As naïve as it maybe, I was expecting most of Britain to be plunged into noticeable darkness during its first total solar eclipse since 1999. That didn’t happen, of course. Instead, thanks to rampant cloud cover, myself and many others, were forced to watch what we could of this astounding, once-in-a-generation event via live news feeds over the web.
Love is dead, they tell me. Well, they’re wrong. Love isn’t easy to find and it’s even harder to describe. On this Valentine’s occasion, I thought I’d connect some of the dots between love and music in my own life and leave you to ponder the rest.
London is stepping off a train at St Pancreas station and tuning into The Good, the Bad & the Queen.
London is gherkins, domes and big wheels.
Gliding wistfully through the mid-morning sky, like a singular chrome raindrop falling from the heavens. My hearts skips several b-b-beats as the reality of my predicament sets in. My conical shaped Type-2 scout craft screams through the atmosphere, creating a spiralling trail of jet propellant and water vapour in its wake. The planet is rearing up to meet me – and soon it may swallow me whole.
BEEP!! BLIP!! BOOP!! BING!!
The instruments, dials and monitors that surround me are all blinking furiously and sounding on-off, on-off – one continuous drone of synthesised noise, heralding my impending doom. My hands are gripping the manual steering control so tightly that I can barely feel them anymore. Fighting… fighting to regain control as I plummet towards the ground in a mad corkscrew. My craft’s specially designed G-seat is rapidly absorbing around my head and shoulders – holding my body in placed as best it can to counteract the effects of pressure and impact. Not that it will do much good now. At the rate I’m travelling, I’ll be driven into the ground flatter than a crumpled soda can.
300,000 ft… 250,000 ft… 200,000 ft…
Where were the emergency thrusters? A tiny info notification on the main vid-screen told me the worst. After drifting in space for so long it seems the engine components that controlled the firing mechanism had malfunctioned. Desperately I hung on and tried to force the ship to level out.
Windmill, windmill for the land…
The vivid image of a windmill atop a floating island – one that had been with me since my childhood – flashed amorously in my mind’s eye. My craft is being shaken and buffeted as it crosses the huge continents, gold, green, brown and barn as far as can see from this altitude. And not only have I crossed continents, but time zones too. The light of morning has all but disappeared. Engulfed by bloated grey clouds and colourless rock formations.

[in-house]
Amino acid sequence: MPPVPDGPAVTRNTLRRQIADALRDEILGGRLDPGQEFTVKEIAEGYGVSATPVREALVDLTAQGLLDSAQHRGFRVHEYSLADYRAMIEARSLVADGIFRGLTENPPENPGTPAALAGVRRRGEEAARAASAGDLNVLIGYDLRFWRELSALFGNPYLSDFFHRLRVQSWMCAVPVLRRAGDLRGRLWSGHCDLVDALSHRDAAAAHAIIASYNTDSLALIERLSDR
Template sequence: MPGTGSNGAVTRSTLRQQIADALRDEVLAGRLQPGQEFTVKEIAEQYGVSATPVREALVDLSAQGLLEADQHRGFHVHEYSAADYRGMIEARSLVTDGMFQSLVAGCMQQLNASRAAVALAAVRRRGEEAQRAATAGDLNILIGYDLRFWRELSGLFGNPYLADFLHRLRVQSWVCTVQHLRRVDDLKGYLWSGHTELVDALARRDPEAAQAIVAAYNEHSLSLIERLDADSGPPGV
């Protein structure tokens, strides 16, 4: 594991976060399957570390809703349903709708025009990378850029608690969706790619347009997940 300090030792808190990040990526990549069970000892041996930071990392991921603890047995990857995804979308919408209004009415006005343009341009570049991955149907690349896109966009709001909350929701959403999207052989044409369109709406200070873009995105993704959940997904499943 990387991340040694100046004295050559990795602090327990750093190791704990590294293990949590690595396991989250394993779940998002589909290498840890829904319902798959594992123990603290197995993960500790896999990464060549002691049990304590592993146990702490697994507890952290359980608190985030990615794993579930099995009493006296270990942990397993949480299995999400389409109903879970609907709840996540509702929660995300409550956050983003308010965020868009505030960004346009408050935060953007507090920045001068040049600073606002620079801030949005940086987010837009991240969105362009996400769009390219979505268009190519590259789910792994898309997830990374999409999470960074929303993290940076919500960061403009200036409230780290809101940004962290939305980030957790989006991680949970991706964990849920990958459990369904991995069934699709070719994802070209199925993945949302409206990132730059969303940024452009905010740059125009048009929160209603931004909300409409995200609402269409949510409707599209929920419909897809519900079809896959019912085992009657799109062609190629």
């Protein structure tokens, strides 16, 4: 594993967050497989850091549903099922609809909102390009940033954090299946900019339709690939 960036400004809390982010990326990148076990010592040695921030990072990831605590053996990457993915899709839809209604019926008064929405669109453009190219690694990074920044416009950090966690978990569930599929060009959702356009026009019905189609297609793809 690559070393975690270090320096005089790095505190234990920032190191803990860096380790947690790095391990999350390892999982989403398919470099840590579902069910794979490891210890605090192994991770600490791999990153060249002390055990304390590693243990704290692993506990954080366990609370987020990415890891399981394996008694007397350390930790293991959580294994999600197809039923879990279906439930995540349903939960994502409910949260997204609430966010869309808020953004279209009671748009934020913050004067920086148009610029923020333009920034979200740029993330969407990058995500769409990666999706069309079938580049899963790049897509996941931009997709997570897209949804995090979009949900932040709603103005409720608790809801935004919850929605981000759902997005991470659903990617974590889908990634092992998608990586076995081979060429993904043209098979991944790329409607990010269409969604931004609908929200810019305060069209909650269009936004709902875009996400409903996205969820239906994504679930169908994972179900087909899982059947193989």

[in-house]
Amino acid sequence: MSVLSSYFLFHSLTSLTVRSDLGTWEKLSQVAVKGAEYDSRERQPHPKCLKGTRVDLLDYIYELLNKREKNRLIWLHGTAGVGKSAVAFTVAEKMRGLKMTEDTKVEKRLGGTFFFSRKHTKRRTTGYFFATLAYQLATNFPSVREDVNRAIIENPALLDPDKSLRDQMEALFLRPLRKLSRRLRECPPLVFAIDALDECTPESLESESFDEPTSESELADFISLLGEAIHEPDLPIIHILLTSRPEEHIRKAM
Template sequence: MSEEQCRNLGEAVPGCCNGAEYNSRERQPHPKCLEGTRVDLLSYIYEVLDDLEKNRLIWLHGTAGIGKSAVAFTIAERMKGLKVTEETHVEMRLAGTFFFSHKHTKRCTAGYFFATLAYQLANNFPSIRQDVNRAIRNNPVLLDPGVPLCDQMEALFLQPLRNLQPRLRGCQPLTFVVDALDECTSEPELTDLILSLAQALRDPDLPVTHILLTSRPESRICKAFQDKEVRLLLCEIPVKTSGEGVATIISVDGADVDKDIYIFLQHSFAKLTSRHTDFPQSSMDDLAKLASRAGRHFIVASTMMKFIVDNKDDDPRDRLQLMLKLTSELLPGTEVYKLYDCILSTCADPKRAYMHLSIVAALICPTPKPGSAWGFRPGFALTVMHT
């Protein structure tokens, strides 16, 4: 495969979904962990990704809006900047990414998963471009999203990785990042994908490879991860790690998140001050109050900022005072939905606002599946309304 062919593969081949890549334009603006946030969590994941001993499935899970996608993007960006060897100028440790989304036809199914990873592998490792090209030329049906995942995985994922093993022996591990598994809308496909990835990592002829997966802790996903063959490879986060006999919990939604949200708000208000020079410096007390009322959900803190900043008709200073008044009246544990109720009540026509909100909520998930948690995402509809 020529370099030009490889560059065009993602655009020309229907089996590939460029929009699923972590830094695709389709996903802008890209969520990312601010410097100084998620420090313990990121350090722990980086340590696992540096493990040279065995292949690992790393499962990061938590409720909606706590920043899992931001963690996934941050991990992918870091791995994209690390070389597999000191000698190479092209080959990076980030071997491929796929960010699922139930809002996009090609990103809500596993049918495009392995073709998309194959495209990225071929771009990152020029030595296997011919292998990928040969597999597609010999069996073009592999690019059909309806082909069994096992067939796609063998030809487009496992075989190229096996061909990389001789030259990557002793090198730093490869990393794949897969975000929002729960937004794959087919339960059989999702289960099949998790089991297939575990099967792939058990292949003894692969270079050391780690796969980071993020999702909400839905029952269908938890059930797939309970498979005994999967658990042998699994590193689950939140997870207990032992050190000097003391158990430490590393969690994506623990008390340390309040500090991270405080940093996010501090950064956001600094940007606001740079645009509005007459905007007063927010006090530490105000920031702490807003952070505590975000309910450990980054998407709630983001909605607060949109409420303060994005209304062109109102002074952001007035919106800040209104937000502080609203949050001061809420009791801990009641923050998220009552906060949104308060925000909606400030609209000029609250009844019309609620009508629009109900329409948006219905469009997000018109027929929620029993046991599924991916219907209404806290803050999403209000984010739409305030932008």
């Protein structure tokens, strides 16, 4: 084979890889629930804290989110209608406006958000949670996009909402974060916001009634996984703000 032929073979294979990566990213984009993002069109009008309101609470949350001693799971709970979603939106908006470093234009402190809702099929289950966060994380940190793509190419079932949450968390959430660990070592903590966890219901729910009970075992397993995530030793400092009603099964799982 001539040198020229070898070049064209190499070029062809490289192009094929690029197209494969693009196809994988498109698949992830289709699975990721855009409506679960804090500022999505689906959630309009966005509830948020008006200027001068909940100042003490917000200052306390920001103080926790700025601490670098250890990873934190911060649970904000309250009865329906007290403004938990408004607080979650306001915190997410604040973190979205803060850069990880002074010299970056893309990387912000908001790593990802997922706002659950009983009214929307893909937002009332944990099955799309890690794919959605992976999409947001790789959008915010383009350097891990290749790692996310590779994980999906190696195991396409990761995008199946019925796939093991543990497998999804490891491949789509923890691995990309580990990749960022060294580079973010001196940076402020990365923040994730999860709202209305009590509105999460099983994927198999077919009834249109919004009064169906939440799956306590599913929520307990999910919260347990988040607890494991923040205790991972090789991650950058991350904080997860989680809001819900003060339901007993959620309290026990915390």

Are those mountains ahead? There they were humongous and towering one minute, gone in a sudden distortion of vision the next, as my craft whipped by at a steadily decreasing gradient. Ahead of me there is nothing but open sea. A tempest rages. Great winds are exploding and thrashing about the place. Though, tough to define at this speed the water isn’t a deep blue or even a murky grey – it’s a poisonous mound of blackish purple, swishing and swirling this way and that. Waves as tall as skyscrapers emerge threateningly and crashed down without remorse.
Uselessly is the constant whine of my instruments. Frantically I jab at the control panel. Something, anything, JUST SAVE ME! Darkness is eating at the edges of my eyes. Oh, god. I’m going to blackout. I’m done for! As I slip into oblivion all I can think about is my essential cargo – and how it will never get to its destination.
Just then… … … … … ROARRRR!!!
A thunderous sound from behind me, that sent a jolt through my ship. The thrusters, they must have fired. With less than 10,000 feet to go, my craft was angling me away from the deadly ocean below and towards the horizon. But it wasn’t going to be enough. Still grabbing the control sticks, but barely conscious, I felt my craft slam the crest of a huge wave. It was sent skimming and spinning out of control. And without warning it was suddenly tumbling and scrapping across solid rock. It bumped and bashed itself to pieces for several hundred metres before burying itself in the ground.